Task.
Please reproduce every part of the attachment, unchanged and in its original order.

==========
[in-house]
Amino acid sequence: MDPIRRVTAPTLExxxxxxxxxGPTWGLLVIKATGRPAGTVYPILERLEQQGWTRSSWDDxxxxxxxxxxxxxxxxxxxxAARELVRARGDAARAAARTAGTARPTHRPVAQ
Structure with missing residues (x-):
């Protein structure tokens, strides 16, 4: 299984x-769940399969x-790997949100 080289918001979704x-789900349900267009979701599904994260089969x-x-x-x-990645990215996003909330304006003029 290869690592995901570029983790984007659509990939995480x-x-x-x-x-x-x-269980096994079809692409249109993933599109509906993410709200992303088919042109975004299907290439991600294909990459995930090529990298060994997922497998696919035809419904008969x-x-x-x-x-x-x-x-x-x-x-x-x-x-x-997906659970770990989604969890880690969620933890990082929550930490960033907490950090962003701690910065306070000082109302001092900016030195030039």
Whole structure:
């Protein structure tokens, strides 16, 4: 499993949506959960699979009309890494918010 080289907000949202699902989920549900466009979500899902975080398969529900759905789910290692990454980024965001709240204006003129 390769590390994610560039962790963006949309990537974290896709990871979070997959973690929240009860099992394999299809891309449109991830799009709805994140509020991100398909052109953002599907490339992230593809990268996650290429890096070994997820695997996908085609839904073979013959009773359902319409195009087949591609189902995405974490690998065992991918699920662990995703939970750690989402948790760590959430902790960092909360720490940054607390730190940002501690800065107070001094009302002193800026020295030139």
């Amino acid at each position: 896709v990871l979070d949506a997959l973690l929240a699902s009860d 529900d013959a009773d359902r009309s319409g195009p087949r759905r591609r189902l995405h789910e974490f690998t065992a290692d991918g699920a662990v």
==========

[in-house]
Amino acid sequence: MDPIRRVTAPTLExxxxxxxxxGPTWGLLVIKATGRPAGTVYPILERLEQQGWTRSSWDDxxxxxxxxxxxxxxxxxxxxAARELVRARGDAARAAARTAGTARPTHRPVAQ
Structure with missing residues (x-):
């Protein structure tokens, strides 16, 4: 299984x-769940399969x-790997949100 080289918001979704x-789900349900267009979701599904994260089969x-x-x-x-990645990215996003909330304006003029 290869690592995901570029983790984007659509990939995480x-x-x-x-x-x-x-269980096994079809692409249109993933599109509906993410709200992303088919042109975004299907290439991600294909990459995930090529990298060994997922497998696919035809419904008969x-x-x-x-x-x-x-x-x-x-x-x-x-x-x-997906659970770990989604969890880690969620933890990082929550930490960033907490950090962003701690910065306070000082109302001092900016030195030039």
Whole structure:
């Protein structure tokens, strides 16, 4: 499993949506959960699979009309890494918010 080289907000949202699902989920549900466009979500899902975080398969529900759905789910290692990454980024965001709240204006003129 390769590390994610560039962790963006949309990537974290896709990871979070997959973690929240009860099992394999299809891309449109991830799009709805994140509020991100398909052109953002599907490339992230593809990268996650290429890096070994997820695997996908085609839904073979013959009773359902319409195009087949591609189902995405974490690998065992991918699920662990995703939970750690989402948790760590959430902790960092909360720490940054607390730190940002501690800065107070001094009302002193800026020295030139």
């Amino acid at each position: 896709v990871l979070d949506a997959l973690l929240a699902s009860d 529900d013959a009773d359902r009309s319409g195009p087949r759905r591609r189902l995405h789910e974490f690998t065992a290692d991918g699920a662990v």